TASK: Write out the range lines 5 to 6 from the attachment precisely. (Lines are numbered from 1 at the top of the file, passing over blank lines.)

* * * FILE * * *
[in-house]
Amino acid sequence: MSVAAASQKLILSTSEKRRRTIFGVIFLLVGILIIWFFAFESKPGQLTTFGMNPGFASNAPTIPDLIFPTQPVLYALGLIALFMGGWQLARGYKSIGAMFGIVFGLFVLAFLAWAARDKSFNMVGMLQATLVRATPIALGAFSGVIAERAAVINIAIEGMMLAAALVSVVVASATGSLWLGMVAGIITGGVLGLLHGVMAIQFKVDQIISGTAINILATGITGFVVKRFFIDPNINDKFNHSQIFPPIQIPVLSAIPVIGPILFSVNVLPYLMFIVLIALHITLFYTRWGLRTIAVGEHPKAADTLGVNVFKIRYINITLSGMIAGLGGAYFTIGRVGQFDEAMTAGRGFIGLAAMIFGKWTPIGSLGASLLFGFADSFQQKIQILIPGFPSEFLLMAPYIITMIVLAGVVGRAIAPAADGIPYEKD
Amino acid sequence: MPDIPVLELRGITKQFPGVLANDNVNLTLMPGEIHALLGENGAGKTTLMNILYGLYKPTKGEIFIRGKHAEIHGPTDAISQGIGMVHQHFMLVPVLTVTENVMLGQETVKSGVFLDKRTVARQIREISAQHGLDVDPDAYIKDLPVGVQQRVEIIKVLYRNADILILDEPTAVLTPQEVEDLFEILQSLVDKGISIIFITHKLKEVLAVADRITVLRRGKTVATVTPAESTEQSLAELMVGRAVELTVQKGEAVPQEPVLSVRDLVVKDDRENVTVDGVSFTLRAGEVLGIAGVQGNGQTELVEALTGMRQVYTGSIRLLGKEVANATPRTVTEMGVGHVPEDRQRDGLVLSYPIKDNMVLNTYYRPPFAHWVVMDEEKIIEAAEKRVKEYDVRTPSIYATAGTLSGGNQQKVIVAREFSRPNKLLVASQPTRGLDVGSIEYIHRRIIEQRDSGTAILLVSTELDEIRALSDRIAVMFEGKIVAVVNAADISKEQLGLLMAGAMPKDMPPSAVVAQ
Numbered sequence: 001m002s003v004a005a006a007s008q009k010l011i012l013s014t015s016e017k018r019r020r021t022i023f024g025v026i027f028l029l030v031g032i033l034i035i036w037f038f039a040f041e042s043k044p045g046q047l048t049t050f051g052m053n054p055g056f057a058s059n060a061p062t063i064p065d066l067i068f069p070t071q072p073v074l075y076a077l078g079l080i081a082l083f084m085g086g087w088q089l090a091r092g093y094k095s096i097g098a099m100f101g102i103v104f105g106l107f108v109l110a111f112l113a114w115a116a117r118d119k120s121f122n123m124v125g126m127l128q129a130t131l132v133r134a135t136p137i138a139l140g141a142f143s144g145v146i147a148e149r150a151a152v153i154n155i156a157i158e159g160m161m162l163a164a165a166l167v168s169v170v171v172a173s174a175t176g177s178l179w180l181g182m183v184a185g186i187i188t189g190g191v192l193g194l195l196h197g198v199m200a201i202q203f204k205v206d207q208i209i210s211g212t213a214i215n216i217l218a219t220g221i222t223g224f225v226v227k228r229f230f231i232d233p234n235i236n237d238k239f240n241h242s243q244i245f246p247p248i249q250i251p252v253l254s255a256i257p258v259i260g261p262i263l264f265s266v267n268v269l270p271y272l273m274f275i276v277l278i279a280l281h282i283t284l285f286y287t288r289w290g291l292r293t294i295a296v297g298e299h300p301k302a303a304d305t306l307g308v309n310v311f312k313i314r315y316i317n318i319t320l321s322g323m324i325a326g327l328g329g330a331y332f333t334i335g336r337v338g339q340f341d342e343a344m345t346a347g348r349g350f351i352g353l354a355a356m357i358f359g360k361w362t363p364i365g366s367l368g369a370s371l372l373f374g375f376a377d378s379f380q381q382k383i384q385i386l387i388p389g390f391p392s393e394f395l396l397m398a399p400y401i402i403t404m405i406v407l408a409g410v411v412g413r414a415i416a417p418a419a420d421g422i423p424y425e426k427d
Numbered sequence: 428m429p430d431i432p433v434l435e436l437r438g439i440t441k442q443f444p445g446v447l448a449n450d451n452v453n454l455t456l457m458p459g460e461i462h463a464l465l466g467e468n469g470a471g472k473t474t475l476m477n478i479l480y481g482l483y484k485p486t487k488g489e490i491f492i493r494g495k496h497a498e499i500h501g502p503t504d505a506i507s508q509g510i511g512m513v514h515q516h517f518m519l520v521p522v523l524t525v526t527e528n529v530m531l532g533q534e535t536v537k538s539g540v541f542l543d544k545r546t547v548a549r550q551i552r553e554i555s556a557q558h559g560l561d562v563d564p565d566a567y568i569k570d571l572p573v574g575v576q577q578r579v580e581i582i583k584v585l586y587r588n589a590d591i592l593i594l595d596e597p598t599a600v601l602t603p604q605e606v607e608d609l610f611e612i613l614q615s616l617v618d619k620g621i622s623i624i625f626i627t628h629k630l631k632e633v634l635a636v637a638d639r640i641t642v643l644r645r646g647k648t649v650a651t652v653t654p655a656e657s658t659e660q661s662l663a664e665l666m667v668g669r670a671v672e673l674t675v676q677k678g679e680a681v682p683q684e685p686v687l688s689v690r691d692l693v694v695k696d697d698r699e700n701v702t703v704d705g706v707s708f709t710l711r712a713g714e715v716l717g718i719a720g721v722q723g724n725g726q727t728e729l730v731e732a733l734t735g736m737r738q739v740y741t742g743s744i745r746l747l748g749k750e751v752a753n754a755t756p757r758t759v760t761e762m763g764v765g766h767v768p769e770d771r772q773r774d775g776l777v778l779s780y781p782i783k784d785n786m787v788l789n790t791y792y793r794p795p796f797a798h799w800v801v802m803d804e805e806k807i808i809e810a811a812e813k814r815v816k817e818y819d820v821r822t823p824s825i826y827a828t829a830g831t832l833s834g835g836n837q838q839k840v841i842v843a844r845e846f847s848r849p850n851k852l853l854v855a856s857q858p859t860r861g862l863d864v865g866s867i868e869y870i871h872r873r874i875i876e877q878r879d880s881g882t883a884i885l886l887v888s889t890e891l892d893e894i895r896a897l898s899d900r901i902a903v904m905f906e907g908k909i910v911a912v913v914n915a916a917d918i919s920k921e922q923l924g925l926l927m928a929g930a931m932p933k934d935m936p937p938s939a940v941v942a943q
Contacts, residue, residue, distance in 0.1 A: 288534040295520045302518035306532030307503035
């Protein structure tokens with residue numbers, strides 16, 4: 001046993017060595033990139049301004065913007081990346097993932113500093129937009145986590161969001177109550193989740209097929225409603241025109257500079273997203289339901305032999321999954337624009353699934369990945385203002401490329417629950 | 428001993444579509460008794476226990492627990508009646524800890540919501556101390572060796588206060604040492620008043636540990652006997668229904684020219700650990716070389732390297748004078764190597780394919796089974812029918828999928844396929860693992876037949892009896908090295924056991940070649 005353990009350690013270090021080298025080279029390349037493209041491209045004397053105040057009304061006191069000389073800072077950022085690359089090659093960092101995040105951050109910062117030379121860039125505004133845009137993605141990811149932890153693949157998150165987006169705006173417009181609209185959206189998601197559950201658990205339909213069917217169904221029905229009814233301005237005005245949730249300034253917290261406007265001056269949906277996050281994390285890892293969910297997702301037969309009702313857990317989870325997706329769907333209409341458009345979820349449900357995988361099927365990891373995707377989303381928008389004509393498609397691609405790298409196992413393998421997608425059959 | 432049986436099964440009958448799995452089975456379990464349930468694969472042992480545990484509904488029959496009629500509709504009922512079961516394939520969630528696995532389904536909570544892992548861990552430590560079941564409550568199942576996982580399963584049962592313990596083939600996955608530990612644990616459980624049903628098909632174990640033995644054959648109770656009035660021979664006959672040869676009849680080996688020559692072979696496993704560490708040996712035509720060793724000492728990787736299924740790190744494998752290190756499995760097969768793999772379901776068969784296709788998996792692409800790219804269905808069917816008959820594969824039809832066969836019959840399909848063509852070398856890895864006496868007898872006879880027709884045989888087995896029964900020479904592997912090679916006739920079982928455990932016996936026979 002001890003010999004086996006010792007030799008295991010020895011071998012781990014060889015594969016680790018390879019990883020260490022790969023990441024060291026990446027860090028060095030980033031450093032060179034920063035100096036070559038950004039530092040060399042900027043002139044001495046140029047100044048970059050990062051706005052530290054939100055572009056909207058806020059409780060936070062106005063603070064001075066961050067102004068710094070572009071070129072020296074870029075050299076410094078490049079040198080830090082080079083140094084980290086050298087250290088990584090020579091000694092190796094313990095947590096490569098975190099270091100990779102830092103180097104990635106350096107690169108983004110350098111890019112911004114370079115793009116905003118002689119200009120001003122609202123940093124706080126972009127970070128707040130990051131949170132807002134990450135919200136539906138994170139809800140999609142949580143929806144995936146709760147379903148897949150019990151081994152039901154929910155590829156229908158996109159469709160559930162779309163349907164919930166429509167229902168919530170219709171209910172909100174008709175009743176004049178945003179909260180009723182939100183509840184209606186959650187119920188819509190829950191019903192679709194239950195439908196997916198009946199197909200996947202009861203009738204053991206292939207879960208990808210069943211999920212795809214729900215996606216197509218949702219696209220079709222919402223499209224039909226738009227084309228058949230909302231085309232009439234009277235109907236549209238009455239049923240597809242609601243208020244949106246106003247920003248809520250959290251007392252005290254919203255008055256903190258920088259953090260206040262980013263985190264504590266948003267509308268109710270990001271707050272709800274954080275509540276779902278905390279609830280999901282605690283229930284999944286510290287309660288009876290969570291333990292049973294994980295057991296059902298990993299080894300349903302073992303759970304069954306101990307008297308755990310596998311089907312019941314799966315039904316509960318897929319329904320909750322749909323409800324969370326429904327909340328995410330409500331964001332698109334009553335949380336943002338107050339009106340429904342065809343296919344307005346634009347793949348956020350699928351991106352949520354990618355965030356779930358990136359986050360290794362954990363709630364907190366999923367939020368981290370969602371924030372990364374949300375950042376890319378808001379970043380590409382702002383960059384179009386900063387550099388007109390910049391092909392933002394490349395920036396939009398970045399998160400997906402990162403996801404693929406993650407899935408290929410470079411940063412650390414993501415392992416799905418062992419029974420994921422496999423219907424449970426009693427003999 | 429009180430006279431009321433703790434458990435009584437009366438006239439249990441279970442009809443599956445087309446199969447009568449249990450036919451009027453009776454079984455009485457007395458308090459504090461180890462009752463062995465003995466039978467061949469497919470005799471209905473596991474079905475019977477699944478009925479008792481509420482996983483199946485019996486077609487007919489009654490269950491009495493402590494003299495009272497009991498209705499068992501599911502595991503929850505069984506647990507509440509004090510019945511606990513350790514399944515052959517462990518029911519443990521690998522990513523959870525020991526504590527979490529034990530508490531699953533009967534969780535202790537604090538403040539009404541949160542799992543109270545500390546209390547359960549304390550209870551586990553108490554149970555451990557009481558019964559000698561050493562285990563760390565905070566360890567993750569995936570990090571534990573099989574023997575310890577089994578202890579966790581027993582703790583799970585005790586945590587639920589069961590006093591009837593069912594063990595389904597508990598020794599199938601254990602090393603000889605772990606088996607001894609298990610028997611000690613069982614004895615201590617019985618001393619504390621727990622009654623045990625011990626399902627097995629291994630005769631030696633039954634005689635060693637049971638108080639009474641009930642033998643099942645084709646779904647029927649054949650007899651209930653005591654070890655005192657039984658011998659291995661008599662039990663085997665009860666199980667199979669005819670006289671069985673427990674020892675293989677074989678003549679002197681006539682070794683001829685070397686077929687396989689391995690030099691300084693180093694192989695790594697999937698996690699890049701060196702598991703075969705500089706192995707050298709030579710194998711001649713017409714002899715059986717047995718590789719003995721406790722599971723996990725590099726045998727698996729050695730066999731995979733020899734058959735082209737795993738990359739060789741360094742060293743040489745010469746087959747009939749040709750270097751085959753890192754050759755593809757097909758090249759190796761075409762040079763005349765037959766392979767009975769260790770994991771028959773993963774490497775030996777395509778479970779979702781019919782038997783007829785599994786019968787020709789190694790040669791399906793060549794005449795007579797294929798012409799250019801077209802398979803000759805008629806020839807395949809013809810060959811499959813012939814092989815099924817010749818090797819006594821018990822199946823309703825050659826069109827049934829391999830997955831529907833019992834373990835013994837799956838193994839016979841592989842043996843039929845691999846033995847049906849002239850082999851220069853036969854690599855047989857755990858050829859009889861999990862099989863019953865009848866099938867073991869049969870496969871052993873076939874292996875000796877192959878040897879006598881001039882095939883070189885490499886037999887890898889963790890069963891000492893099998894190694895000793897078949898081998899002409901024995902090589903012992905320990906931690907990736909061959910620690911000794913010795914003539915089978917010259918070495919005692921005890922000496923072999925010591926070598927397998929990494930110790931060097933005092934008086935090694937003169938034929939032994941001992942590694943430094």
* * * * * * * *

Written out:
Numbered sequence: 428m429p430d431i432p433v434l435e436l437r438g439i440t441k442q443f444p445g446v447l448a449n450d451n452v453n454l455t456l457m458p459g460e461i462h463a464l465l466g467e468n469g470a471g472k473t474t475l476m477n478i479l480y481g482l483y484k485p486t487k488g489e490i491f492i493r494g495k496h497a498e499i500h501g502p503t504d505a506i507s508q509g510i511g512m513v514h515q516h517f518m519l520v521p522v523l524t525v526t527e528n529v530m531l532g533q534e535t536v537k538s539g540v541f542l543d544k545r546t547v548a549r550q551i552r553e554i555s556a557q558h559g560l561d562v563d564p565d566a567y568i569k570d571l572p573v574g575v576q577q578r579v580e581i582i583k584v585l586y587r588n589a590d591i592l593i594l595d596e597p598t599a600v601l602t603p604q605e606v607e608d609l610f611e612i613l614q615s616l617v618d619k620g621i622s623i624i625f626i627t628h629k630l631k632e633v634l635a636v637a638d639r640i641t642v643l644r645r646g647k648t649v650a651t652v653t654p655a656e657s658t659e660q661s662l663a664e665l666m667v668g669r670a671v672e673l674t675v676q677k678g679e680a681v682p683q684e685p686v687l688s689v690r691d692l693v694v695k696d697d698r699e700n701v702t703v704d705g706v707s708f709t710l711r712a713g714e715v716l717g718i719a720g721v722q723g724n725g726q727t728e729l730v731e732a733l734t735g736m737r738q739v740y741t742g743s744i745r746l747l748g749k750e751v752a753n754a755t756p757r758t759v760t761e762m763g764v765g766h767v768p769e770d771r772q773r774d775g776l777v778l779s780y781p782i783k784d785n786m787v788l789n790t791y792y793r794p795p796f797a798h799w800v801v802m803d804e805e806k807i808i809e810a811a812e813k814r815v816k817e818y819d820v821r822t823p824s825i826y827a828t829a830g831t832l833s834g835g836n837q838q839k840v841i842v843a844r845e846f847s848r849p850n851k852l853l854v855a856s857q858p859t860r861g862l863d864v865g866s867i868e869y870i871h872r873r874i875i876e877q878r879d880s881g882t883a884i885l886l887v888s889t890e891l892d893e894i895r896a897l898s899d900r901i902a903v904m905f906e907g908k909i910v911a912v913v914n915a916a917d918i919s920k921e922q923l924g925l926l927m928a929g930a931m932p933k934d935m936p937p938s939a940v941v942a943q
Contacts, residue, residue, distance in 0.1 A: 288534040295520045302518035306532030307503035